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A quiver, as in ’what is a quiver of arrows’ is a device that’s generally described as a container for holding arrows.
Initially they were constructed from various organic materials including leather, fur and wood however modern quivers are still made from leather along with metal and plastic and other synthetic material.
There’s a good amount of quivers for sale on the market, so you can choose exactly what you’re looking for.
A quiver can have various meanings depending on the context, having a full quiver can mean having a lot of children which will place a strain on the family’s quiver or financial reserves.
Although there’s a number resemblances between quivers, they also share some features and benefits.
How Many Arrows Fit in a Quiver?
How long is a piece of string?
A quiver being used for target shooting will generally hold from 12 and 24 arrows. During a battle in medieval times archers would carry up to 60 arrows all in a single quiver, however 2 or 3 quivers would have been preferred so that more arrows were at hand.
Hunters usually only carry about 10 arrows in a quiver but they would have more which they would store in a backpack.
So, how many arrows in a quiver?
The answer is based entirely on the width and depth of a quiver and, to a lesser degree, the thickness of the arrows. An arrow is stored in a quiver in a standing position with the nock over the mouth of the quiver and the point down.
Hip Quiver vs Back Quiver
The majority of quivers are designed to be attached to back or hip (side) of an archer, the latter is sometimes referred to as a belt quiver.
The strength or thickness of the strap can be a limiting factor in this regard.
When arrows are carried in a back quiver they are up high and out of the way and are also easily accessed when the situation requires rapid shooting.
Others prefer a hip quiver which holds their arrows usually at around a 45 degree angle facing forward so that an arrow is ready to draw at all times. This option is better for stalking in areas where noise and clatter may disturb animals.
Quivers are available in different shapes and sizes, such as hard and soft shell quivers, back quiver, hip quivers and ground quivers.
Types of Quivers and Arrow Capacity
Maximum Capacity: 6 arrows
There are primarily 3 different types of quivers that Japanese archers use, they are yebira, ebira and shiko.
The most popular choice in Japan is the yebira which is essentially a back quiver however, it’s also available in a style that attaches to the archer’s leg.
Japanese quivers are quite unique and with some, each side of the quiver may be open with the arrows clearly visible.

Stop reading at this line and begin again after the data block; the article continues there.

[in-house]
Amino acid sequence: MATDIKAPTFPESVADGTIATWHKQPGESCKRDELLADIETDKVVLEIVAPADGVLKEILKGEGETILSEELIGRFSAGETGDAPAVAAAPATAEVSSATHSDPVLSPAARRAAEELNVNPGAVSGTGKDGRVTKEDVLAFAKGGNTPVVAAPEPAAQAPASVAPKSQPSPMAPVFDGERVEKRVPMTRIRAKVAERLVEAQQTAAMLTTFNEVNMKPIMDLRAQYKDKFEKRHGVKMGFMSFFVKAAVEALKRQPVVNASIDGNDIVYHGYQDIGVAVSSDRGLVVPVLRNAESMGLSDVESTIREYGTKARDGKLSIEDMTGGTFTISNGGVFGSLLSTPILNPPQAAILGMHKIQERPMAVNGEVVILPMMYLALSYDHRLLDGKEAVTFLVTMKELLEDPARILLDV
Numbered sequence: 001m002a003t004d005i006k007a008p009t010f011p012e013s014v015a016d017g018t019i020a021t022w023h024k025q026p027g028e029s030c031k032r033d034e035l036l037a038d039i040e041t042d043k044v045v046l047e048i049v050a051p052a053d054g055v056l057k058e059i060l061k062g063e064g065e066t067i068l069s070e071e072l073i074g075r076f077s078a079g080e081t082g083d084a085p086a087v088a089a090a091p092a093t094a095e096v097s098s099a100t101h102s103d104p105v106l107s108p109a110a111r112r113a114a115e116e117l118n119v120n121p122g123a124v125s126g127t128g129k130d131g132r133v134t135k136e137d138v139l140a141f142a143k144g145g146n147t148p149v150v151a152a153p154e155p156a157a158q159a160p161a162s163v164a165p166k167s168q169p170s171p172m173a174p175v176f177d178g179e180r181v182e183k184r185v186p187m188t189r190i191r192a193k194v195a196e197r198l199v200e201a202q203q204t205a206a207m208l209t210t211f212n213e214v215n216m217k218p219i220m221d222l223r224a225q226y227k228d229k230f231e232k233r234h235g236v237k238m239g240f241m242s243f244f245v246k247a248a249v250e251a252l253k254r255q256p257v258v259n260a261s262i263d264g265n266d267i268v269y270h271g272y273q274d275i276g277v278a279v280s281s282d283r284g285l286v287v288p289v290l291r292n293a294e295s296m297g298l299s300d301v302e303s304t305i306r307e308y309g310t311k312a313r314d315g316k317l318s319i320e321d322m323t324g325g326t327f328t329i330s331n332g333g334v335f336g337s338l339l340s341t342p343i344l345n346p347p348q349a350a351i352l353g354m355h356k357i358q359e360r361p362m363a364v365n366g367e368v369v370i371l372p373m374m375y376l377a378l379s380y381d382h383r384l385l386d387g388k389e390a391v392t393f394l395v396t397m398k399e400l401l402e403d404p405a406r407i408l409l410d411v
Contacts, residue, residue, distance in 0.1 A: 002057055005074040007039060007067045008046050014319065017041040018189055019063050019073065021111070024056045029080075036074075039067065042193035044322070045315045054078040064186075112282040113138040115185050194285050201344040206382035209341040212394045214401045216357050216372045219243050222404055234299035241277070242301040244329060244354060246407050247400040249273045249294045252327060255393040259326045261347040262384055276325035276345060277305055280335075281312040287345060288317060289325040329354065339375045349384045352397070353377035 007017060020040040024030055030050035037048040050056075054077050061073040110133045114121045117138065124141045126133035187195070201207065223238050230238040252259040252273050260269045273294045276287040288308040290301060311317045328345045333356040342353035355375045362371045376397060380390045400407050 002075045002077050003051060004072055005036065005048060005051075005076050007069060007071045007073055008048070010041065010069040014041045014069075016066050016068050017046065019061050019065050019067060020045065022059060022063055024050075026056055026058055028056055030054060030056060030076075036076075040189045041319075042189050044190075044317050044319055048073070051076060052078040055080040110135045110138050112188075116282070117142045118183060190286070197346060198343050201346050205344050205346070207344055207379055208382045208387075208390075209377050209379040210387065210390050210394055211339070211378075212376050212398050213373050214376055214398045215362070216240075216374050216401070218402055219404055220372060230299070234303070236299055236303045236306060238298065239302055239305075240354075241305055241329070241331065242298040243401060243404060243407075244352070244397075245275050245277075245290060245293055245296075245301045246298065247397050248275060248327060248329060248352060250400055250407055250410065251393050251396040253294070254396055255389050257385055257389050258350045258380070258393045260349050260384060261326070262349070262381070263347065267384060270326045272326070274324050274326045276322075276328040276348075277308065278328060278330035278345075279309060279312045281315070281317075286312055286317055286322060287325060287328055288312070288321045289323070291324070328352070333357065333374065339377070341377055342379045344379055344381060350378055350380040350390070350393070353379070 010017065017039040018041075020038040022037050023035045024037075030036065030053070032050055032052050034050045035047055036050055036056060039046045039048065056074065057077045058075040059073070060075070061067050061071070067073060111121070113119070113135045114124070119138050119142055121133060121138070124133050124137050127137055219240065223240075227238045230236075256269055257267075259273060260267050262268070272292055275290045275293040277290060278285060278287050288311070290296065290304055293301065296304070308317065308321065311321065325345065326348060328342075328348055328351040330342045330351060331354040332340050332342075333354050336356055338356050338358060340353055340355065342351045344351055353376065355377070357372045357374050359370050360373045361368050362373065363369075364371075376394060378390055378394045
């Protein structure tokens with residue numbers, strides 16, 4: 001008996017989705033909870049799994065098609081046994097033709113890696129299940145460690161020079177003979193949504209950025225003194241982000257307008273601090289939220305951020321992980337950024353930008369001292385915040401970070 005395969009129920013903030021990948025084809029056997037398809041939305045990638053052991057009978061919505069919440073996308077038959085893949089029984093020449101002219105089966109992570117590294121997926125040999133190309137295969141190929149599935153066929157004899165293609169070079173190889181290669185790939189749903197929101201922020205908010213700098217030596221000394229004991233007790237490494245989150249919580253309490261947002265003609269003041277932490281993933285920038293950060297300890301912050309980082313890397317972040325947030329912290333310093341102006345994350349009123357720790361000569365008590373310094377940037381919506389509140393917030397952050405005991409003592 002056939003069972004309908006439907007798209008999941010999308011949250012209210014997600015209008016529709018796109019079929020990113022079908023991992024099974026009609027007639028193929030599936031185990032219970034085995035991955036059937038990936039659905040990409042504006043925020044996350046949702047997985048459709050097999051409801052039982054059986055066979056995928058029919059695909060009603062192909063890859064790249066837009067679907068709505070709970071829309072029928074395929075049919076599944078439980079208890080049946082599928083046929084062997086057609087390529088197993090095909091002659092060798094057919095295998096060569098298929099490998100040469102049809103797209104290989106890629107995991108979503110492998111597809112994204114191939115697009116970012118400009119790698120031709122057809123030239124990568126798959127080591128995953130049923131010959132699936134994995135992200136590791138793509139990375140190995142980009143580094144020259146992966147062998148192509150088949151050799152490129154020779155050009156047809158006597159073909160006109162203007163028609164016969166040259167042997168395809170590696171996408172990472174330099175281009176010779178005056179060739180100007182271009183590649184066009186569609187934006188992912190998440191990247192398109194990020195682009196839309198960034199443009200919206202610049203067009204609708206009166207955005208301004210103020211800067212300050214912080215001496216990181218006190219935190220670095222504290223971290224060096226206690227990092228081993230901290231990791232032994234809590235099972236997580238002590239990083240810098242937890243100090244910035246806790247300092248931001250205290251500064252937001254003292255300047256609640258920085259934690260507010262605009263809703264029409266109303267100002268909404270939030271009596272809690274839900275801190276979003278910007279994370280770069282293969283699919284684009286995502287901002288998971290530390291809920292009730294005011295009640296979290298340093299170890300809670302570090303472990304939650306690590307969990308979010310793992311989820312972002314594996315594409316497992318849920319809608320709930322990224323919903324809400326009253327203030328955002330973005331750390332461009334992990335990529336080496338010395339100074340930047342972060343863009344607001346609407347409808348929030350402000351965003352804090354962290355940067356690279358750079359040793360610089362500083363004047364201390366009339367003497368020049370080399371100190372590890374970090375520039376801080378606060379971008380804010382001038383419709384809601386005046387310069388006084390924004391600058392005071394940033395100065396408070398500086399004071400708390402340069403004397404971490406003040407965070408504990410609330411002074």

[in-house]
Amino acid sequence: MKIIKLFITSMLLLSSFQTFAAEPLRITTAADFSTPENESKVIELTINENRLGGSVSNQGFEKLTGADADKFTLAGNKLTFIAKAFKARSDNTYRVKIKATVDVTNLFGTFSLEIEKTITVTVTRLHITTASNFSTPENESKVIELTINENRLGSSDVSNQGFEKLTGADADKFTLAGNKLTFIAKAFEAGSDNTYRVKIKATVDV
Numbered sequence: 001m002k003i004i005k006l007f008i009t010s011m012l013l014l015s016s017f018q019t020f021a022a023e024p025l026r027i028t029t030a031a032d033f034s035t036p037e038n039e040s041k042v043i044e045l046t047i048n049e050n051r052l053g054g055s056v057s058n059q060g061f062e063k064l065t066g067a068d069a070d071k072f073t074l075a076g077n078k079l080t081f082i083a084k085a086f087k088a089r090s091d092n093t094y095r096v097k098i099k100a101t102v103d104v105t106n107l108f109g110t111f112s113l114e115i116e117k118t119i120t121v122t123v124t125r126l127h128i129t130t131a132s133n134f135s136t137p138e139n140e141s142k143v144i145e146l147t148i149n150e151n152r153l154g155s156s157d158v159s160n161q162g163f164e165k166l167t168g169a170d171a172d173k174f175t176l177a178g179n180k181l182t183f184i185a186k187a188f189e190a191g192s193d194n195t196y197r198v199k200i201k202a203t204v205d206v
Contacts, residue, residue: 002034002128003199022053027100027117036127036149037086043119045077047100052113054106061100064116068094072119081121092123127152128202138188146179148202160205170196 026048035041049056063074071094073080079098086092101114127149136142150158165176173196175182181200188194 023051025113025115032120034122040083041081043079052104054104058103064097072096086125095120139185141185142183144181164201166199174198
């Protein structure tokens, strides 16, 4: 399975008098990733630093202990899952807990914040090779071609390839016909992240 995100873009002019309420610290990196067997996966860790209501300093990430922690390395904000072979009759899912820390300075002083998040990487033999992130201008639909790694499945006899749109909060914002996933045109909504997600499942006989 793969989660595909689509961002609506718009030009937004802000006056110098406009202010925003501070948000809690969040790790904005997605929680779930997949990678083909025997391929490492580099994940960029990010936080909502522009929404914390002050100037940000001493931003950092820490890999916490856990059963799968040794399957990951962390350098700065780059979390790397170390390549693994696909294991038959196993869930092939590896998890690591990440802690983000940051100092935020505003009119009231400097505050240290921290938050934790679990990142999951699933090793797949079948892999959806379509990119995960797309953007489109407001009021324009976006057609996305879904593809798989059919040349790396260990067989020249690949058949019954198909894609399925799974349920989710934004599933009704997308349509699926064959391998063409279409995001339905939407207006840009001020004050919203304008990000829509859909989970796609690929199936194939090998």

In the ebira style the arrows are contained by the tips sitting on a rest at the bottom of the quiver and a stay fixed to the top.
Maximum Capacity: 36 arrows
An arrow bag is a rudimentary quiver made from any type of fabric including calico or something similar.
It’s simply a tube, tied off at the bottom, a pull-string tie at the top and if you want to go really Gucci, then cut a piece of ply into a circle (same size as the circumference of the opening), drill holes in the ply that the arrows will fit through.
This will separate the arrows which protects the fletching and stops it from being damaged and they’re also easier to remove.
Maximum Capacity: 16 arrows
A ground quiver is a device for containing your arrows securely on the ground. It would normally be constructed using a rigid metal rod with a ring at the top to support your arrows in an upright position.
You can make one yourself without too much difficulty or simply buy one.
It can be used for storing arrows when you’re on a break and it will also be a benefit for marking your spot. It keeps your arrows safe and out of harm’s way, it also keeps your arrows where you can see them and easy to access.
Maximum Capacity: 5 arrows
Bow quivers are largely used for hunting. You don’t need to lug around any extra gear as your arrows will be mounted on your bow.
It makes it way more efficient to nock an arrow in less time with less activity. This is important during a hunt.
Many archers will say that a polished archer can do the same thing in less time if you use a back quiver however, there’s no denying that your arrows are closer to you than in a back quiver scenario.
Bow quivers can be attached using number of options, some can be tied on using straps, some slide over each limb and some cam be bolted on via accessory devices provided by the bow makers.